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Our motto: "Critical thinking in the cheap seats." Unbiased, honest classical music and opera opinions, occasional obituaries and classical news reporting, since 2007. All written content © 2019 by Paul J. Pelkonen. For more about Superconductor, visit this link. For advertising rates, click this link. Follow us on Facebook.

Friday, November 14, 2008

Opera Review: A Hi-tech Hell

La Damnation de Faust at the Metropolitan Opera.
by Paul Pelkonen
Stairway to heaven: Marguerite ascends in La Damnation de Faust. 
Photo by Ken Howard © 2008 The Metropolitan Opera.
The Metropolitan Opera's new computer-driven mounting of The Damnation of Faust is a showcase for the staging techniques of Robert Lepage, the Quebecois director best known for his work with Peter Gabriel and Cirque de Soleil. It is the Met's first attempt to stage this Berlioz work since 1906.

The action of this légende dramatique (the composer preferred this term to opera) is played out on a four-level set. At first, this appears to be a seemingly unremarkable series of catwalks and screens,. The digital displays are the palette upon which Mr. Lepage, (using advanced technology) attempts to recreate Berlioz's sound-world through visual means.

Soldiers march (backwards!) across the catwalks in front of digital backgrounds. Rappelling demons descend across the facades of houses. Dancers move in front of billowing curtains programmed to react to their movements. The lake scene features a huge, haunting image of mezzo-soprano Susan Graham's head, floating in the water--an idea which recalls the "Because" sequence in the recent Julie Taymor-directed Beatles movie Across The Universe.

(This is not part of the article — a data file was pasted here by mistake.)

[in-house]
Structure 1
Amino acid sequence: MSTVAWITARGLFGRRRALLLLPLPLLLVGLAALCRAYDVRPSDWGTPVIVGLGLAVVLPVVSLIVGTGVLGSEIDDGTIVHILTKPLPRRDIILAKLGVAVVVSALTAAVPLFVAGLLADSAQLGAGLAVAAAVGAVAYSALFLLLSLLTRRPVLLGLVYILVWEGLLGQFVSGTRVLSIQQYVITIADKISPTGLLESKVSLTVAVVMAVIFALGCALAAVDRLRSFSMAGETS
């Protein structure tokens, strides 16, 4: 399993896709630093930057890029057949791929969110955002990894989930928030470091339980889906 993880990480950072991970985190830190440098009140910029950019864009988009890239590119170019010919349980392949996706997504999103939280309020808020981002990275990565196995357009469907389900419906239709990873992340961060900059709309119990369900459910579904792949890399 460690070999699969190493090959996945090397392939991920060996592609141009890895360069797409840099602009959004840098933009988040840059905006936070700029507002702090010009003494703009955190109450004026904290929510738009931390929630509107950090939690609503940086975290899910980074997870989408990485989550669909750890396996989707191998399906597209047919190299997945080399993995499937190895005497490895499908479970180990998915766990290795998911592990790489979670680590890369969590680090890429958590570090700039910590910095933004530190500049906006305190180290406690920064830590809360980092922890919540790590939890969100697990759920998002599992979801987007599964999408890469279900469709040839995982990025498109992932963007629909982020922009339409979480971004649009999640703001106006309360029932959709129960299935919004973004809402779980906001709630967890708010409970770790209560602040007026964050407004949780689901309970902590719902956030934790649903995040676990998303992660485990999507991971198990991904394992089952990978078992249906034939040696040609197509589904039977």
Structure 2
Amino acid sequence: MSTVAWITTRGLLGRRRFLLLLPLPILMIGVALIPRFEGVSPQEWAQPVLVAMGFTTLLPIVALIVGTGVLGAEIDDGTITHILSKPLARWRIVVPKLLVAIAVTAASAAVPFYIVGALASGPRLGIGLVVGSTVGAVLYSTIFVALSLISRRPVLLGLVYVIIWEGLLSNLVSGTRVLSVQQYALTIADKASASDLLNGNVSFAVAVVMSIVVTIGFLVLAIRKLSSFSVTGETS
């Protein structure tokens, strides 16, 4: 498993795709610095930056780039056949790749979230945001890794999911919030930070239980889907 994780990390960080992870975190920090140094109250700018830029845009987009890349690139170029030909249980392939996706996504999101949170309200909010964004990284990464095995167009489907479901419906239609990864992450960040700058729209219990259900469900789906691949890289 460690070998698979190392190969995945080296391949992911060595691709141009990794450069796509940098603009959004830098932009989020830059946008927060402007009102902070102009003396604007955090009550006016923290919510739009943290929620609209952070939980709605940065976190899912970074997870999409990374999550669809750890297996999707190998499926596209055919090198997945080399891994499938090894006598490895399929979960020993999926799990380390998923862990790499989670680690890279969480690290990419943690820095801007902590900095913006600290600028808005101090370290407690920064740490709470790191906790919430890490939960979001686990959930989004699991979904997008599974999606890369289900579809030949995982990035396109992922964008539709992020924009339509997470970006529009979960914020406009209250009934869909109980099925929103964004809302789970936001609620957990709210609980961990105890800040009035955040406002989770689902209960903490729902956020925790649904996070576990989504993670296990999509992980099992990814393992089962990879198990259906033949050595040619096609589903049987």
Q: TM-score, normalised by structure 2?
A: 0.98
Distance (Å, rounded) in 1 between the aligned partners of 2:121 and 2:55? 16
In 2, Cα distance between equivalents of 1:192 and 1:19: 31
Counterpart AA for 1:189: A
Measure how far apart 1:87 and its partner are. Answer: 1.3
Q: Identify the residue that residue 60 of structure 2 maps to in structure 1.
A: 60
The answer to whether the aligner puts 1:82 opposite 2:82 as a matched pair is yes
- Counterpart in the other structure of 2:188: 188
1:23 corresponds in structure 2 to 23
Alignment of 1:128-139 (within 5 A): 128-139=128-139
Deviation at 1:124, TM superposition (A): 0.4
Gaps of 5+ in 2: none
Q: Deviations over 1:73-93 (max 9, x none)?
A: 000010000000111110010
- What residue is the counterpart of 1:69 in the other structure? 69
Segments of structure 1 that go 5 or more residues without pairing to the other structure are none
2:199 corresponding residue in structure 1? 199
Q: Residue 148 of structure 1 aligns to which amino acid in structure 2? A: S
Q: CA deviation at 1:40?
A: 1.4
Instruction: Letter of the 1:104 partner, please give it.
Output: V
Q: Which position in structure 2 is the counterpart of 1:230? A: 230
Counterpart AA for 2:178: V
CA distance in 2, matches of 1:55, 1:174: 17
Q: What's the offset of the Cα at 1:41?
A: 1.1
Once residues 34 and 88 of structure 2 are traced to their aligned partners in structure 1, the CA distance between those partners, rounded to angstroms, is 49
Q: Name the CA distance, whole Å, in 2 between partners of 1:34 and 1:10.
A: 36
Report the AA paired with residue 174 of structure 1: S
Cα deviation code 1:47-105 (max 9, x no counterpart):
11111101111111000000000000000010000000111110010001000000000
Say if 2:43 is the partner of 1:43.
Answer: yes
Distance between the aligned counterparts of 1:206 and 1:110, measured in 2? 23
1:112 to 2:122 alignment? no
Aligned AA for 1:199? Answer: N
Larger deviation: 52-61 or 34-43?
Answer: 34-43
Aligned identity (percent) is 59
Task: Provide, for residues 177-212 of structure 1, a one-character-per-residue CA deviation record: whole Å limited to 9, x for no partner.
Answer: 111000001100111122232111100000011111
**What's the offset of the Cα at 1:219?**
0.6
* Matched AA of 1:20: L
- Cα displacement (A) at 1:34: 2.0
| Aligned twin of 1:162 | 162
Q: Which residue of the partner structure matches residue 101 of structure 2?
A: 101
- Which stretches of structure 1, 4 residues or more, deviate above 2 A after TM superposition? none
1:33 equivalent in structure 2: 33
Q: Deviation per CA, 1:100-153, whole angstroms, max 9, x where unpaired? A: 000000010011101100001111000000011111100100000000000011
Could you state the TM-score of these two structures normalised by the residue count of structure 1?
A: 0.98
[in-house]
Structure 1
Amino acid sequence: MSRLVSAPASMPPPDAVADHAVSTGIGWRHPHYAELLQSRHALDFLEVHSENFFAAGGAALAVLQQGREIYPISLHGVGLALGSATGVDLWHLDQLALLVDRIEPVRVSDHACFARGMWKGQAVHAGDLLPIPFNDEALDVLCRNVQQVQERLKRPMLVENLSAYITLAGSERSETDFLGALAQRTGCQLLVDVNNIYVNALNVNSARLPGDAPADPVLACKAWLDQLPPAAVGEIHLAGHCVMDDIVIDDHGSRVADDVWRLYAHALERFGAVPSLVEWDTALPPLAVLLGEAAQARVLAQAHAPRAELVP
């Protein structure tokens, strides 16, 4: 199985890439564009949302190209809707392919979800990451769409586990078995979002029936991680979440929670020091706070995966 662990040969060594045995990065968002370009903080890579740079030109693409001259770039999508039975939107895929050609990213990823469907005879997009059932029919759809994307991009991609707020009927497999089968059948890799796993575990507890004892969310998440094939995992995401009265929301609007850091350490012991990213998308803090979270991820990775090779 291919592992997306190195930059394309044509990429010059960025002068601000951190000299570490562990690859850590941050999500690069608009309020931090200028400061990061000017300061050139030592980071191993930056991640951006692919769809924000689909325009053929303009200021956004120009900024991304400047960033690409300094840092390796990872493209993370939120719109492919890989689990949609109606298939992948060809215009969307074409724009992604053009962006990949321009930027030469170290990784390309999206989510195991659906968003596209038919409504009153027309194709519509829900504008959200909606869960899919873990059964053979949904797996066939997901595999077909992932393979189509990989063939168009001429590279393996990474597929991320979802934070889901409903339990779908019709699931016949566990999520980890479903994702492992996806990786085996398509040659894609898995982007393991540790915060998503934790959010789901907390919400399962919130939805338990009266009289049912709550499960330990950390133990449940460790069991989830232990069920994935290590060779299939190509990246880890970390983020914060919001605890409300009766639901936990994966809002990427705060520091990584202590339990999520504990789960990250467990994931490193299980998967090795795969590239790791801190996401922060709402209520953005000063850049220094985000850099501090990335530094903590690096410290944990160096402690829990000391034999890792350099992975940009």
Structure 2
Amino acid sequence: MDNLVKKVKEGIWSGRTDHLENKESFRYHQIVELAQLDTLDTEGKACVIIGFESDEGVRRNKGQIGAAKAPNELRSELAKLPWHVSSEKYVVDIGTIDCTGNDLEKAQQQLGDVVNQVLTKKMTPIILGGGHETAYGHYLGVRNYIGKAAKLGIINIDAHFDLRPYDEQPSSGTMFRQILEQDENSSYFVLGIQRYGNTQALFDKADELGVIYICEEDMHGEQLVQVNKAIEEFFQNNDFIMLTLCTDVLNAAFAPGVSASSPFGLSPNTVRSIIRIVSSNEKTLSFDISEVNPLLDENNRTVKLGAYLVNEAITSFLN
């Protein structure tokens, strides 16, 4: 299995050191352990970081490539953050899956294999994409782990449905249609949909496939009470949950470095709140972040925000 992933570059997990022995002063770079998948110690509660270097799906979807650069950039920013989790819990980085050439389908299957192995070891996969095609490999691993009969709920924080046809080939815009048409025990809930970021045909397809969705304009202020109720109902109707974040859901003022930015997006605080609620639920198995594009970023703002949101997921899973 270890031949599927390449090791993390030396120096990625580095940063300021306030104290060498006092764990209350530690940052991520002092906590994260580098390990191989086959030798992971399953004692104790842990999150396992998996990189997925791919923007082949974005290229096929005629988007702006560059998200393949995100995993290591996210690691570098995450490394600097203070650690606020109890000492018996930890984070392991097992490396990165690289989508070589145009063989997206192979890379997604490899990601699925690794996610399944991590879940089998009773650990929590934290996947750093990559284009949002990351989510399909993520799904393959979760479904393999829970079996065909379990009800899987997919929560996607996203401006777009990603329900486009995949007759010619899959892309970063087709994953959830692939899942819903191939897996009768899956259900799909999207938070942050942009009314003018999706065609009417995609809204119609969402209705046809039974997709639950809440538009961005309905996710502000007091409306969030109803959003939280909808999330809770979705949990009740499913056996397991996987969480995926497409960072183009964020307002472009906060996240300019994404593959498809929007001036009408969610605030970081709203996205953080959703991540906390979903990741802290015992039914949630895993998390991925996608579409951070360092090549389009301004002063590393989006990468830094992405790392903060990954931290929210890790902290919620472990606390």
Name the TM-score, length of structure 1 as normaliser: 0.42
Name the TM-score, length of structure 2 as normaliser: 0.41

The overall result is intriguing and can best be described as a partial success. That's not Mr. Lepage's fault. Simply put, the sound-world of the Damnation is so rich, detailed and varied that no production, not even a mostly digital one, could possibly hope to compete with the creative impetus behind this work. That said, the vocal performances in this production are of the highest caliber.

As Marguerite, Susan Graham was in exceptional form. She currently owns this part with her rich mezzo and emotive, intuitive acting. Her two big arias--the Song of the King of Thule and the Spinning Song, would have not just made Berlioz proud, but every other composer or writer who has taken a crack at the Faust legend. Amazing.

Marcello Giordani has a fine powerful voice which is not quite what it once was. He is a bit too Italianate in vocal styling for Berlioz, but that is forgivable, since he hits all the notes and can act. He is starting on the down-slope of his career but he is still a strong leading man--surprisingly effective in the early sections where Faust is a beaten old man.

The energy of Faust always picks up when the Devil makes his appearance. In a goofy red suit and cockade cap, Canadian baritone John Relyea had his coming-out party as Mephistopheles. (Silly though the outfit is, it's no match for the William Blake-inspired "muscle dragon" that Rene Pape was forced to wear in the Gounod Faust in 2005!) His performance is a resonant one, infused with the intelligence and comic timing one expects from this fine singer.

The Met Orchestra and Chorus maintain their deservedly high reputations here, tearing into the work's famous instrumental passages and final "Pandemonium" chorus with gusto. Close your eyes, sit back, and let the music work its devilish magic.

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